@Deacon Blues: first, i like your name. second: a 4-3 DE should produce some sacks/passes broken up etc. . @ all and Third: Gholston is quick moving/tall and could be key in hunting down QB´s who like to run out (C.Newton, R.Wilson, who else we play against). We don´t have to agree with the pick, but it makes sense and has "potential". The DT Spence is worse. Profesional Lifter, not Football player, but also could develope into sth good (and then we won´t resign him, in order to draft another "potential"). Bucs made good job drafting two DE late, if just one of them becomes at least a good rotational guy, it´s fine. They missed out DT/WR/TE in this Offseason, but again: There were to many holes, to fill them all.
  • avatar

    10 sacks, in 3 years of college.
  • avatar

    Looking forward to seeing Gholston and Means in Camp and Preseason. We need at least one of these guys to stand out.
  • avatar


    Whats funny is none of you know what his responsibility was on any given play, because you watched somthing on YouTube or maybe saw a Mich st v Notre Dame or Mich game makes you an expert in what he was asked to do. Whether contain, fill a certain gap based on the formation, rush, spy, drop on a zone blitz. You have no clue....
  • avatar


    My thinking is that our defensive line scheme is evolving into what will become an effective pass rush. I am getting it why he was drafted him.
  • avatar

    Horse- I love your optimism its a nice change for you, so I guess I won't ruin it by saying " this guy only had 4 career sacks in college" stay positive and hope that Domick knows something the rest of the world doesn't about this draft
  • avatar


    Tough crowd. Since he hasn't failed us yet as so many predict he will, the Bucs aren't trying to justify this pick, they're just telling us what they saw in him.I'll be the glass half full today,great pick at a position of need. Good luck with your Buc career William, at least you're not alone, most fans think your other draft mates suck too.
  • avatar


    sorry surferdudes...just trying to keep a reality check. I am hoping for a winner but conscious of the odds here....
  • avatar


    I don't know that anyone is questioning his talent. He's got ability he just has to play consistently and translate more of his talent into production. If he had Johnthan Bank's career at DE he would be a top 3 pick. He went from a 5-star recruit to a late 4th round pick so there's potential, but also question marks that he has to answer and I hope he will.
  • avatar


    I know there will Buc fans who say "give these guys a chance"...but I also see little to get excited about in our college recruits outside of Banks. I understand all of these guys looked good on some tape at some point, but reality is just stacked against them...all of these guys were passed over multiple times for a reason(unless we think every other team's front offices are terrible). It's always possible that we find a diamond in the rough - and I hope we do - but we don't really have a great history of doing that (Penn is probably one). I am happy to get excited about the great plays these guys show in practice but I will keep my expectations in check...I think we're in the hands of our starters this year with little by way of depth....GO BUCS...STAY HEALTHY!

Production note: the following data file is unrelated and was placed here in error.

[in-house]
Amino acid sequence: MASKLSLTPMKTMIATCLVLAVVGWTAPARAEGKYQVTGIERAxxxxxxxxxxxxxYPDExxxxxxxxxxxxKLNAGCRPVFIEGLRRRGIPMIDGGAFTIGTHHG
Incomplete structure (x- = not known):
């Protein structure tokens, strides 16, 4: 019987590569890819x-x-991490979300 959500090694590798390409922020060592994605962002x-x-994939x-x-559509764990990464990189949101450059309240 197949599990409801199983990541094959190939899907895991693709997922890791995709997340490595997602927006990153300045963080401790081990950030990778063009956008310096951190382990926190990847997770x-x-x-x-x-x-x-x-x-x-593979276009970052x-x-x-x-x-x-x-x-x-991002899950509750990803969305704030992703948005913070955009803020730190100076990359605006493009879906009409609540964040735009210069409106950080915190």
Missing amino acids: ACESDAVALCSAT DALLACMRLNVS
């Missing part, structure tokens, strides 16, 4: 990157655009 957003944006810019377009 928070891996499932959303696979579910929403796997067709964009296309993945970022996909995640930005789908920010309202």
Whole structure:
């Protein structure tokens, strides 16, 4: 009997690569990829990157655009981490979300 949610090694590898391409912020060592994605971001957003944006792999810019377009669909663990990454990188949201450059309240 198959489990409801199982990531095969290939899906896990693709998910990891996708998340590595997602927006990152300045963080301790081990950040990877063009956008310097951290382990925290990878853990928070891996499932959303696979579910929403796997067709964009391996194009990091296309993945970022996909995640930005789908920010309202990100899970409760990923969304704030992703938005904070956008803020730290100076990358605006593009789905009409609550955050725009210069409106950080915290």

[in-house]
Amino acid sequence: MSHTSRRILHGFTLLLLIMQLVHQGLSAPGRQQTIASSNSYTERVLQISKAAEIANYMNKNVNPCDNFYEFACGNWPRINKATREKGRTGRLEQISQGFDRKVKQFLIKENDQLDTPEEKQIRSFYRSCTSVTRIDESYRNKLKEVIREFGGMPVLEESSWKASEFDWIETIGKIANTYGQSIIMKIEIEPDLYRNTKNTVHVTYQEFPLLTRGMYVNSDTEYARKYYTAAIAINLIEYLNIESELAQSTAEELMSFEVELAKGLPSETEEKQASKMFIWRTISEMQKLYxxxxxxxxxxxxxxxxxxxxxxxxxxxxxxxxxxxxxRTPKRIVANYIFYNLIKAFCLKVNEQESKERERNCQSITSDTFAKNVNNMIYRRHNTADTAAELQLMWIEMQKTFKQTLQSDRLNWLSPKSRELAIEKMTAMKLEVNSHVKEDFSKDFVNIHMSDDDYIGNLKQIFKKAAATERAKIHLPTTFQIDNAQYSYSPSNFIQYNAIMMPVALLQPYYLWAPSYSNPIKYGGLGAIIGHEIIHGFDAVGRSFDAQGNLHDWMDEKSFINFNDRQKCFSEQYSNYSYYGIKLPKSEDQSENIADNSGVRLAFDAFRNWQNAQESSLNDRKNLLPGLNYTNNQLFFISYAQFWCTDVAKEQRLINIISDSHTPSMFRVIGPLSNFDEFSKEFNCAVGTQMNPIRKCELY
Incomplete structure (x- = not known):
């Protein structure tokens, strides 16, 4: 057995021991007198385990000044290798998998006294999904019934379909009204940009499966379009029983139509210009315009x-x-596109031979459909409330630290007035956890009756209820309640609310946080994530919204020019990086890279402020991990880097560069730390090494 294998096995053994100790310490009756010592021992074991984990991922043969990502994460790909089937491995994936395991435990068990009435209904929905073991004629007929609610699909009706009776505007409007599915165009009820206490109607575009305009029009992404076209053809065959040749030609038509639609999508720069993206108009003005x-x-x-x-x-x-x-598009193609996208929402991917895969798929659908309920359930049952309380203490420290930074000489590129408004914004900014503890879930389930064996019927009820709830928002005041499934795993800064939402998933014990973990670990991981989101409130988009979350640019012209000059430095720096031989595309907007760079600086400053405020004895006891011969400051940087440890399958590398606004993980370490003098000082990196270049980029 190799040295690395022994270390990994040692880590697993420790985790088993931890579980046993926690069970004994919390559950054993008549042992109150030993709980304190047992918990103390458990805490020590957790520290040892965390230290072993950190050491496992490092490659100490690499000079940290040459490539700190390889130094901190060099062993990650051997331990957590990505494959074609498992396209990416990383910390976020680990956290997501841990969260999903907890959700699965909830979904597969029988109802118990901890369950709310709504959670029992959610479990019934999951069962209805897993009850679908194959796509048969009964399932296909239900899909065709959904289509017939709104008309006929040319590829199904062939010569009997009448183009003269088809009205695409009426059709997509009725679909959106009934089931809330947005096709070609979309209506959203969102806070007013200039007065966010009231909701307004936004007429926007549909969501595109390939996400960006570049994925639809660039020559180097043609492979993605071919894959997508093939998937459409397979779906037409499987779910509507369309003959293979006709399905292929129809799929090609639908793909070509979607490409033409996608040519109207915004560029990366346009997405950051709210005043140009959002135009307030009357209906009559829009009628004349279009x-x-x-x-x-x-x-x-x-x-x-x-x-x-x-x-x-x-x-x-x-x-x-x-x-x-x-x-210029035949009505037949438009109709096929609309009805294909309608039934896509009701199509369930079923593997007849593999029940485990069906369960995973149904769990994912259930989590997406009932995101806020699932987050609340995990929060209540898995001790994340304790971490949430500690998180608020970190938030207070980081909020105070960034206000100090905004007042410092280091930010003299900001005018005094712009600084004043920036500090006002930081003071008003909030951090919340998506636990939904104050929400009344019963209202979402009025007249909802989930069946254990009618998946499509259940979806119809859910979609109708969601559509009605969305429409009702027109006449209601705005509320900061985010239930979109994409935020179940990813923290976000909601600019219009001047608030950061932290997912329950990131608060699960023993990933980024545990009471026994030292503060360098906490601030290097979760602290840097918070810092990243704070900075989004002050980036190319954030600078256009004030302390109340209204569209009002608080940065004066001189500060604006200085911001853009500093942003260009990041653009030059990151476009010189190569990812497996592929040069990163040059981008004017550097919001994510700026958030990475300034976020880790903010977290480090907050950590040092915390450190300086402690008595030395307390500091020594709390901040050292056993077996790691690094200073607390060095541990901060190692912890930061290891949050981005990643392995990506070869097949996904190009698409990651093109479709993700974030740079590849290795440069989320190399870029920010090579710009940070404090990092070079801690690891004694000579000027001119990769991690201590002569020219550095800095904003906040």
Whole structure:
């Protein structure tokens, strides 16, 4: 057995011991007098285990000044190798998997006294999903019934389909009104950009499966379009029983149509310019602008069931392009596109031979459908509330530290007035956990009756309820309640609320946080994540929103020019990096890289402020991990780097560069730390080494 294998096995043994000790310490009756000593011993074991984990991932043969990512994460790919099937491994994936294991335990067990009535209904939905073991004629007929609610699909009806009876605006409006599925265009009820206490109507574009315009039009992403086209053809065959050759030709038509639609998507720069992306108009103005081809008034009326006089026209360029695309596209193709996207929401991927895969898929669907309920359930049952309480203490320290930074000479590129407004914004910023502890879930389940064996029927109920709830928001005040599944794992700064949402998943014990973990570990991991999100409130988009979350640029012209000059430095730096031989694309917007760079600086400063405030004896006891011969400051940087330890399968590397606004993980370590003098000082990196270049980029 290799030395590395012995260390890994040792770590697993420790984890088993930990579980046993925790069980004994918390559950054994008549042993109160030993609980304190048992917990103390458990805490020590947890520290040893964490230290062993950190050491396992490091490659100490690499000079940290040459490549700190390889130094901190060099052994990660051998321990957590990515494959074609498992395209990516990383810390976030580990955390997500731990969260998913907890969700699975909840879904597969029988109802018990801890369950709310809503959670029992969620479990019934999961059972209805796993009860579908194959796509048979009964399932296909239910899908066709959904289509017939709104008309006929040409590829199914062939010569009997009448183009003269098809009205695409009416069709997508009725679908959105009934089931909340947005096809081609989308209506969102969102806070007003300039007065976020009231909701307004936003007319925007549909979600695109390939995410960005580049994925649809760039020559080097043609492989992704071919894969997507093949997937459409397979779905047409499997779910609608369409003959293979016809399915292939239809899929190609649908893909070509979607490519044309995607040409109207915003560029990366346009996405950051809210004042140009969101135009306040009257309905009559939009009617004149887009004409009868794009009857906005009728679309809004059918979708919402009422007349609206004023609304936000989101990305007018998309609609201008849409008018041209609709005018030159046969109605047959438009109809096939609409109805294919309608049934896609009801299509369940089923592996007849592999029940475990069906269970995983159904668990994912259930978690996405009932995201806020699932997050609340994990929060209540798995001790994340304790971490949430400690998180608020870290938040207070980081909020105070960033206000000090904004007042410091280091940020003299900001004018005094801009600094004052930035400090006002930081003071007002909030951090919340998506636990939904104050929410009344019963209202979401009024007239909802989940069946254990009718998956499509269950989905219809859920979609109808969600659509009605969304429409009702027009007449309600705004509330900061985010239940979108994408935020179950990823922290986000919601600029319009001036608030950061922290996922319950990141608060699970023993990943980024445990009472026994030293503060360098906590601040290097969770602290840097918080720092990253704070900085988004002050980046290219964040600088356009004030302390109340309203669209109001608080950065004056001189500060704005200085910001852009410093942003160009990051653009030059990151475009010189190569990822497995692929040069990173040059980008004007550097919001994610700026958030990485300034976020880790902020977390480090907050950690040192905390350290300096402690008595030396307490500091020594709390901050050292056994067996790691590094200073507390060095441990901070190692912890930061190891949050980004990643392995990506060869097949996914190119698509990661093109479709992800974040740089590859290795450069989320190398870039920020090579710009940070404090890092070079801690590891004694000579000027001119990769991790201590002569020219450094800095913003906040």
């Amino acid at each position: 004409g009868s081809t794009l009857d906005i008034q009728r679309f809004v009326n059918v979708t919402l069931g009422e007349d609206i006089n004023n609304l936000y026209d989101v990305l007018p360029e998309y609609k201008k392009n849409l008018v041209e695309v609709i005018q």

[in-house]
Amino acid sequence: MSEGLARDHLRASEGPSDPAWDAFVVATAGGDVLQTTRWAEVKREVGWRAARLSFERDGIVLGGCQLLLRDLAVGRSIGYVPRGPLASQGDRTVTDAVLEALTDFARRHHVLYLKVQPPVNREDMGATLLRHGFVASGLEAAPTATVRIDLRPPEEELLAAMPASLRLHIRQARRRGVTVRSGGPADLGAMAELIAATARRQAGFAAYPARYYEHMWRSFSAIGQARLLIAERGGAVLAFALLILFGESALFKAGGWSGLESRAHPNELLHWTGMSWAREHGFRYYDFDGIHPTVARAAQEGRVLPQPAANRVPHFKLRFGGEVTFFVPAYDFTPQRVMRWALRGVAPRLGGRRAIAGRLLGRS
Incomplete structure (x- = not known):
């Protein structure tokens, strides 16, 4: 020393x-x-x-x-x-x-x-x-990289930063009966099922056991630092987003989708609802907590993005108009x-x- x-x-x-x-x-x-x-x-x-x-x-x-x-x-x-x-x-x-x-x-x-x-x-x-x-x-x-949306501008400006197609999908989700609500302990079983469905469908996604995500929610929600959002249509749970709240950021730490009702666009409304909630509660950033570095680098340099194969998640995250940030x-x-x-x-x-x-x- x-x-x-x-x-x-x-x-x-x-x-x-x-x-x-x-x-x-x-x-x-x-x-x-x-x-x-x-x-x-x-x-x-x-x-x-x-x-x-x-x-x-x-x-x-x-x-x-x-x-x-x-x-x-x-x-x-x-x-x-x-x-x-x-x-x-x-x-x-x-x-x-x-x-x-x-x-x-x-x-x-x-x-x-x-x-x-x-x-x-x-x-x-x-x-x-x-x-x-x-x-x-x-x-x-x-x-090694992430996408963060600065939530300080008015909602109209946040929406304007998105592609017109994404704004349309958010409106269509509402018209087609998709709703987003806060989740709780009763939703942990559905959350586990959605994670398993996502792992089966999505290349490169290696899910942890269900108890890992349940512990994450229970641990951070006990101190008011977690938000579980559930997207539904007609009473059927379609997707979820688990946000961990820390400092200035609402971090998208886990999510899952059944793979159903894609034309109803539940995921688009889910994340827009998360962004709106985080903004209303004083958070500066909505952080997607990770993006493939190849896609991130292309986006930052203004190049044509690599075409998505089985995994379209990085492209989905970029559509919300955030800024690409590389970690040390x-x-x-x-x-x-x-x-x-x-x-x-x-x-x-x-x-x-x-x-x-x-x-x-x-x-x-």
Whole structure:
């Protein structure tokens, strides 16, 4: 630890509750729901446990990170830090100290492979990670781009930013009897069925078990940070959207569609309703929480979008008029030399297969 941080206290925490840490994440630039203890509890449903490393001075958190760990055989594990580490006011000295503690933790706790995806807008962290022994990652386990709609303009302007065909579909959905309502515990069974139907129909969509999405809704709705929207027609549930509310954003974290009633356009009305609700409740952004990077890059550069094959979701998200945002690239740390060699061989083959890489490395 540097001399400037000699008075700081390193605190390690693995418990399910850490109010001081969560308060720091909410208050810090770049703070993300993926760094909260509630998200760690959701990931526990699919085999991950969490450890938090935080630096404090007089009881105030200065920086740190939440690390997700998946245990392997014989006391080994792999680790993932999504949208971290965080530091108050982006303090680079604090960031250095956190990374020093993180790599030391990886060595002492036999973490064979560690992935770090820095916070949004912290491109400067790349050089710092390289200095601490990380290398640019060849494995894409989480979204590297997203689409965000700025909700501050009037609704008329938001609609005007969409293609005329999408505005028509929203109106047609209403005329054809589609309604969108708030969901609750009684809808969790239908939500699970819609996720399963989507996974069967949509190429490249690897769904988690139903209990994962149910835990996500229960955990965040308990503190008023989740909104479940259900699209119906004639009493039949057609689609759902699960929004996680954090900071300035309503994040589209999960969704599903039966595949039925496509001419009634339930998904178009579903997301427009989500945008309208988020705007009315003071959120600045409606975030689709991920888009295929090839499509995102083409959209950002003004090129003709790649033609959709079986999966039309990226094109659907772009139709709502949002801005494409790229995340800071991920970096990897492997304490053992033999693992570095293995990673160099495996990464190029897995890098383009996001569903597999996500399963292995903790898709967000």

• avatar


    Ever since Julian Jenkins was taken over Mark Anderson in the draft because Jenkins had "versatility" along the defensive like (aka the ability to suck at more than one position) I cringe when I hear the Bucs front office try to justify a pick by saying that. On the bright side Gholston is at least significantly more talented than Jenkins was but it's a good question if he'll ever maximize it.
  • avatar

    Well that all sounds good on paper, but in college all he did was prove to the contrary. He had all of what 4 sacks in his whole college career? I don't think he shouldve been any higher than 7th round and thats only because of his size. Potential starter?? Haha that sounds just like a Buc DLman over the past 10 years...
  • avatar

    Not a Gholston Fan at all he may be versatile to play both positions but he underwhelms inside and outside so to me thats irrelevant, I hope he proves me wrong and he tears it up but I think we have Kyle Moore 2.
Only registered users can write comments!
  • Blog

  • Articles

  • Around the Web

more RSS feed
moreRSS feed

Magazine

View Magazine Front
Pewter Prospect: WR Kelvin Benjamin Pewter Prospect: WR Kelvin Benjamin Do the Buccaneers need another playmaking wide receiver? Why would Florida State’s Kelvin Benjamin be a good fit in Tampa Bay? Find out in this Pewter Prospect article.
Missed an Issue? Archive
View Magazine Front

Poll

Who Drafted The Best Ultimate Bucs Team?


Pewter Report: Your source for inside and breaking news on the Tampa Bay Buccaneers

Hide Tools Show Tools